By Harry Giles
Teaching myself to write in Scots was about discovering new possibilities in language. I write in a syncretic Scots – a Scots that amalgamates dialects and resurrects words into a mongrel and magpie cornucopia – rather than a vernacular Scots, but doing so is also about diving into the archives of my vocabulary: remembering and relearning how to use the Orcadian words and grammatical forms with which I grew up. Writing in Scots makes me look at old ideas freshly, and makes me think harder about finding new expressions; I think of Scots as a contemporary, experimental poetic language rooted in history. I still write in English too, but I especially choose to write in Scots when I’m writing about home, or memory, or the land, or belonging, or longing, or when I’m dreaming, or when I’m raging.
For all those reasons, when I was asked to contribute to A Bird Is Not A Stone (a forthcoming anthology of contemporary Palestinian poets translated into the languages of Scotland), working in Scots felt like the obvious choice. The project involved working from a bridge translation in English – a literal rendering of the Arabic, often offering multiple options for each phrase – which meant that my work involved understanding, creating and recreating the poem in three different languages.
My first step in translating Faysal al-Qarqati’s haudin the kenmairk o hairst (a home with fall’s brand / بيت في وشم الخريف) was to distil the bridge translation into a working English gloss, noting good Scots equivalents along the way. Then I worked away with four windows open – the literal gloss for working from, the Arabic original for the poem’s shape and visual rhythm, the multiple translation options for clarity, and the working Scots translation. I also had a recording of the Arabic original available to play, to see how the music and flow of my version might work. I had a method, a writing holiday ahead, and a breezy confidence.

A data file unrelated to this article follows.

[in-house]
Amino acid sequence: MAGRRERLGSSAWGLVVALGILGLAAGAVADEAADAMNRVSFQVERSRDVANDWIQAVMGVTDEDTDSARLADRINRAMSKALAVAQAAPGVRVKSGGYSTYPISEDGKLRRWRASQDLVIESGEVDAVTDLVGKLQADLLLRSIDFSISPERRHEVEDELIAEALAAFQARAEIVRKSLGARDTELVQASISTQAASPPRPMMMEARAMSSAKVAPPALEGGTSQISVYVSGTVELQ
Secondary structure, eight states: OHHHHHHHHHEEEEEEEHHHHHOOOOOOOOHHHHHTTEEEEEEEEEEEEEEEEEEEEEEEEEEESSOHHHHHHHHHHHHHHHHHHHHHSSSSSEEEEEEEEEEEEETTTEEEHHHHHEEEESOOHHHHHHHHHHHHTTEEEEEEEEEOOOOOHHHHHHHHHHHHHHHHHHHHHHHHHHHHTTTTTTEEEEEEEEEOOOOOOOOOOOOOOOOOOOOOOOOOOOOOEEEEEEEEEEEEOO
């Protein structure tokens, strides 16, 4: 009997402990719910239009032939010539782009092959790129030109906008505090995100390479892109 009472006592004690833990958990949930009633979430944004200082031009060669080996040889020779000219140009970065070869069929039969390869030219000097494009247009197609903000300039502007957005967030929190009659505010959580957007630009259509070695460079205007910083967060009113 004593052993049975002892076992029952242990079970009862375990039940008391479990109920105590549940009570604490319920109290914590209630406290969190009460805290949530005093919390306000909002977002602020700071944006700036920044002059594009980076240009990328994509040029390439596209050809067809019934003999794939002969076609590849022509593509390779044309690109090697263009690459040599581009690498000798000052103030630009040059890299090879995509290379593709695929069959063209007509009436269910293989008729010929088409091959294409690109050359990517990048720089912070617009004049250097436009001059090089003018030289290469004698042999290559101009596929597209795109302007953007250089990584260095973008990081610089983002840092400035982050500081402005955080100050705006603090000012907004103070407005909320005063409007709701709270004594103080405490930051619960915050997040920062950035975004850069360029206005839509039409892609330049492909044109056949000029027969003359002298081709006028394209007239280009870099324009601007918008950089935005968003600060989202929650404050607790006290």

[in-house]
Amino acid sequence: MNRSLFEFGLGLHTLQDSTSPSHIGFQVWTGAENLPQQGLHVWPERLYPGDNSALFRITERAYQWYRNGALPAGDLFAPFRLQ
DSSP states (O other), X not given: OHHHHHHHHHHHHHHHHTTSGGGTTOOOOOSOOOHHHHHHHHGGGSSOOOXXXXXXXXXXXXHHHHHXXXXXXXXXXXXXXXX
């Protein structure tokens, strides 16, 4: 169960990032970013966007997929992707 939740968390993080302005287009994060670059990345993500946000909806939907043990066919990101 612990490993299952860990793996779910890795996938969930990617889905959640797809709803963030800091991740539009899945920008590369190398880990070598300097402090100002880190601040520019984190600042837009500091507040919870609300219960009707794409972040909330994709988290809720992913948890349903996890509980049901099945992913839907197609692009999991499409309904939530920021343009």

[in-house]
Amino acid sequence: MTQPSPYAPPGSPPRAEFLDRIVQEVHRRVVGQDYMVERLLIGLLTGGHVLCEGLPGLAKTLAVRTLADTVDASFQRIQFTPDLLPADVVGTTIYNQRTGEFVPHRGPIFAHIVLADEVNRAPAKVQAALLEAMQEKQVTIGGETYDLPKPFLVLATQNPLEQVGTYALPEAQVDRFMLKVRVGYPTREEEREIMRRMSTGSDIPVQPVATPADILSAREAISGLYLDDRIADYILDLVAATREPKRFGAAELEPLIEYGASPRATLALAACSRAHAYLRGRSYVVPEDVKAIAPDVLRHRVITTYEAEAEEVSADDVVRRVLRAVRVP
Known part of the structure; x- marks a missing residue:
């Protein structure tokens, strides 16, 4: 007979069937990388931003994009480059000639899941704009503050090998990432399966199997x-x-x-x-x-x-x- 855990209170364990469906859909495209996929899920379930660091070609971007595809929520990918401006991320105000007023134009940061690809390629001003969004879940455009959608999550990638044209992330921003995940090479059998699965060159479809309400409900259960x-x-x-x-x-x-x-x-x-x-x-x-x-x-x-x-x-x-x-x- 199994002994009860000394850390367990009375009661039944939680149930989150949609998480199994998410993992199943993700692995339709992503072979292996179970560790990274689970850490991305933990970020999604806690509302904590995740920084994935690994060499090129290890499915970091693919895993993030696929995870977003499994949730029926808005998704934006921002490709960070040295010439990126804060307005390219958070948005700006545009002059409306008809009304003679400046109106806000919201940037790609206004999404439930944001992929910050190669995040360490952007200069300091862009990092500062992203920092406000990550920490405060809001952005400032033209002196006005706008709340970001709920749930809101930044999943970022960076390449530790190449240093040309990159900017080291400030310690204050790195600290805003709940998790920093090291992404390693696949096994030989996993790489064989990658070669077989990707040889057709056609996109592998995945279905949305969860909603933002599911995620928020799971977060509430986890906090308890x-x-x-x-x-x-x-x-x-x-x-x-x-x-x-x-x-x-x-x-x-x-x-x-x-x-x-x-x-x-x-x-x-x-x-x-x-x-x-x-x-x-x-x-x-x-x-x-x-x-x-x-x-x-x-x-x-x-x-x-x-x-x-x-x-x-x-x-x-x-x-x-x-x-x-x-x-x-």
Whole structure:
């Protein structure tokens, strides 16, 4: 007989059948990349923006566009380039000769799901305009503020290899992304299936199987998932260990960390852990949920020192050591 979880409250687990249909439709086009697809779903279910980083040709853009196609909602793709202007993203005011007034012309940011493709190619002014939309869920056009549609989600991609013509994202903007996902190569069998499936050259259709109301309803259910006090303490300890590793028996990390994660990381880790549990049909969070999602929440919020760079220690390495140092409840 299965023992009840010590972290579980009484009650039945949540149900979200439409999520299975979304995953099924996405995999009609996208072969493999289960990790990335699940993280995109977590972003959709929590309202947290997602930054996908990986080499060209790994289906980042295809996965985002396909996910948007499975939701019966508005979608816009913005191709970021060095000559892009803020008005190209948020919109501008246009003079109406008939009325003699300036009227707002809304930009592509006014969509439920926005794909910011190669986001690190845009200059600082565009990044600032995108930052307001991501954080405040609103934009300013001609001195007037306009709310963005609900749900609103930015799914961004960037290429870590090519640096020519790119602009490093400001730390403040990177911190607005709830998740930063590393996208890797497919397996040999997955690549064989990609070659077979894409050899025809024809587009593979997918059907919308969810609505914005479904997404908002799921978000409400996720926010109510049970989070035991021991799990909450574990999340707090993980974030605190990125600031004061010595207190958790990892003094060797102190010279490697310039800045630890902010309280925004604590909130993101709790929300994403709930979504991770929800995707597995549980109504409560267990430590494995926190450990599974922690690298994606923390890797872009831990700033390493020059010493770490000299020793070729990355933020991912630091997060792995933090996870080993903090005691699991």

Three weeks and two pages in, I gave up hope. al-Qarqati’s writing is fragmented and elliptic, surrealist in its imagery and unorthodox in its grammar. And I was working from a bridge translation, not the original language – so whenever I couldn’t understand a line, I wasn’t sure if it was written deliberately elusively or if something had just got lost in the process. I had hoped to create a faithful rendering of the original, but found myself frequently guessing and glossing to make my way through. I wrote to one of the editors, Henry Bell, for advice. He said the kindest thing an editor can say: “relax”.
I had to accept that a perfect translation wasn’t possible, and wasn’t what the bridge translation method was aiming for in the first place. The aim was not to create a translation that kept all the words but killed the poetry – it was to create fluid, poetic versions of the Arabic originals that conveyed a sense of Palestine and the art that exists under its occupation. Although I was keen to be faithful to the original (and cautious of appropriating al-Qarqati’s important work for my own artistic ends), I had to let go of myself a little in order to make headway.